Put your left hand on your own right knee
Coordinate your breathing by lengthening through spine on each inhale
During each exhale, twist a little more
Come back to center seated and repeat on other side
Learn the Art of Balancing with Your Partner
Partner yoga is not just about you. It is about the other person, too. Partner yoga poses exist to teach yogis and anyone interested in the practice how to gain better awareness and alignment of the body through precise adjustments and articulated movements.
Partner Boat Pose (Navasana)
Start by having each partner sit at the end of the mat facing each other
Each partner will bend their knees and press the soles of their feet together
Connect by clasping each other’s hands
While keeping the soles of your feet together, lean back slowly
Lengthen your legs and reach your feet upward to a bent-legged boat pose
Continue to breathe while you work on your balance
Create Greater Intimacy with Your Partner
Partner yoga can be as intimate as you allow it to be. Partner yoga is for anyone and everyone. It is about trust. It is about connection. It is about feeling the electric sensation between you and another person. It has the power to strengthen bonds between friends, unite strangers and fuse couples together in a new and stimulating way. Partner yoga has the powerful ability to create a profound level of intimacy between two people. The combination of breath, balance, trust and connection create for a unity that is unlike any other. It is assumed by many that partner yoga is purely sexual. This is not true. Yes, partner yoga can be a sensual experience if you want it to be, especially in couples yoga poses. It can also be an experience of unity in a completely different way. It can be whatever you want it to be. That is the beauty of the practice.
Partner Dancer’s Pose (Nataranjasana)
Start by standing up toward the back edge of your mat, facing your partner
Grab your partner’s right hand
Each partner will slightly bend the knees
Shift your weight onto your right leg
Bend the left knee and gran onto the inside of the left ankle or calf with your left hand
Gently pressing your shin into your left hand, open your back
Finally, reach your right arm up to balance
Repeat on the other side
Connect with Your Partner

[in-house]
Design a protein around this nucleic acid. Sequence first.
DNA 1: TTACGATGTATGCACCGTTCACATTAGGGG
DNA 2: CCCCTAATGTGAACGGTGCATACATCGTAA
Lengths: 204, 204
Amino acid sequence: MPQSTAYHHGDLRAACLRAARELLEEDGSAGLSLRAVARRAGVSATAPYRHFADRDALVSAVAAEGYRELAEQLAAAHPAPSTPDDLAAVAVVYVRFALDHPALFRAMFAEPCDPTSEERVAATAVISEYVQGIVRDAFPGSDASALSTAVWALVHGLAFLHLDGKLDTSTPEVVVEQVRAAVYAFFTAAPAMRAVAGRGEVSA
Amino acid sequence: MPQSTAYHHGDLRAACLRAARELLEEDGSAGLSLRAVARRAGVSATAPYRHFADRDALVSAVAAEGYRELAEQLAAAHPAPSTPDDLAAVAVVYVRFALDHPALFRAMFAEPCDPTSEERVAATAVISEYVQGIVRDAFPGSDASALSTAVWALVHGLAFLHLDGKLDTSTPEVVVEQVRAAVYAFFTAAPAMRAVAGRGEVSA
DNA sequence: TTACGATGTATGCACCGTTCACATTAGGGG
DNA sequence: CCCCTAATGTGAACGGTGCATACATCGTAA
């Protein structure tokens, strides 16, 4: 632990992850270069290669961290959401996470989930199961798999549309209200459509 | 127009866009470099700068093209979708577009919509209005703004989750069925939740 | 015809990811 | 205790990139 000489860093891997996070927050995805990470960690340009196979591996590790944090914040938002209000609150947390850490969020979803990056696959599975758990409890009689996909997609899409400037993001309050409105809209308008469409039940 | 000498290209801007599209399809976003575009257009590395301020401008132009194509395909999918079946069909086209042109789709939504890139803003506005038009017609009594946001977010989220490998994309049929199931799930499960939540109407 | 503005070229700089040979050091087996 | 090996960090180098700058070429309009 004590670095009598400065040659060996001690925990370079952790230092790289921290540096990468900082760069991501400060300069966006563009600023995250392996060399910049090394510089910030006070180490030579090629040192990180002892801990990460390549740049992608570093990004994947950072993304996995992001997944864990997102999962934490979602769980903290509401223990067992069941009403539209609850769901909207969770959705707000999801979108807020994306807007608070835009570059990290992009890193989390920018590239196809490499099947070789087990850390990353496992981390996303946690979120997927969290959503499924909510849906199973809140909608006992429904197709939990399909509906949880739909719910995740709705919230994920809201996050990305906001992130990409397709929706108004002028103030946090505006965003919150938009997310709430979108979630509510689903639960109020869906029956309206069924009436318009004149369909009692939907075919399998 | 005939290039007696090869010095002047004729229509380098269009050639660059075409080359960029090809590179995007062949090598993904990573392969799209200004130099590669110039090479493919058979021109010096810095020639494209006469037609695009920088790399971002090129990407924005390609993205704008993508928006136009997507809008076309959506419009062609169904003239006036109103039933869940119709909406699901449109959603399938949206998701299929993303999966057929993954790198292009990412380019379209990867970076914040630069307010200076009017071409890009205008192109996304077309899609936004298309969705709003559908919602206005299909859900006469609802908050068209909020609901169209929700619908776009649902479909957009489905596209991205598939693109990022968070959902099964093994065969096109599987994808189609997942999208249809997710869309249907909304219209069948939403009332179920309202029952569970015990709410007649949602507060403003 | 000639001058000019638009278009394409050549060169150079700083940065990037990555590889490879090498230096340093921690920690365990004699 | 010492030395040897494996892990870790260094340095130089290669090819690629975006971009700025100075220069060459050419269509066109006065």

Partner yoga is not just about you. Partner yoga has the word partner in it for a reason. It is a practice for two and is a practice that focuses on the unity of two. This is the idea that we should be incorporating in our partner yoga practice. Listen to your partner’s needs. Are they comfortable? Do they feel supported? Do they feel capable of holding you in a pose? Are they calm and present? Through the power of breath and touch, you will be able to sense your partner’s physical and emotional state. Yes, you need a partner to fly. You need a partner to pull your legs and lift you up. But your partner also needs you. It all comes back to unity. In these partner yoga poses and couples yoga poses, we rely on each other and so we must move in a way that represents that.
Double Standing Forward Bend (Uttanasana)
Stand back-to-back with your partner
Leave about 6 to 12 inches between you and your partner’s heels
Each partner will bend at the waist and come to a forward fold
Reach your hands behind you
Grab onto your partner’s hands
As you increase flexibility, you may be able to grab your partner’s forearms, elbows or even shoulders
Walk your heels closer until your bottoms are touching and straighten your legs
Lengthen the spine, head dangling toward the ground
AcroYoga is the combination of yoga, massage and acrobatics. As with partner yoga, which often includes acrobatic poses, shown in the Partner Yoga Level Two video, it is important to focus on the building blocks of your practice. Start with what you know and allow yourself to grow through continual practice, one step at a time. Motivation and repetition are the keys to helping you excel at AcroYoga. A common misconception about AcroYoga is that the size of your partner matters. This is not always true. Believe it or not, you have the ability to lift someone twice your weight. It is all about your technique.
As an extension of partner yoga, AcroYoga relies on the same principles: trust, communication and connection. Once you master these skills, you will be flying in the air and lifting people up with your feet in no time. Here is a fun beginner’s partner AcroYoga pose to test out your skills.
Flying Plank (A)
Base lies on back
Base places legs up in the air, heels over hips
Flyer starts by standing facing the base, with their toes almost touching the base’s glutes
Base bents knees slightly to bring feet to the hipbones of the flyer
Base and flyer connect hands, palm to palm and fingers interlaced
Flyer leans forward into the base’s feet
With flyer’s body in a single line, the base will receive the weight of the flyer in their feet
Base will then straighten their legs and stack their heels directly over the flyer’s hips
The flyer should have an engaged core, and the base should have straight arms and shoulder blades firmly grounded into the mat for maximum support and balance
From Flying Plank, yogis can work into the variation below: the flyer leans into the base’s hands instead of feet.
Flying plank photo credit: Amy Goalen
Just as we protect our family, friends and loved ones, we must protect each other when practicing partner yoga. Emotionally and physically, we must rely on each other to reach the ultimate goal of unity and connection.
Thank you to Amy Goalen for providing the beautiful main article image!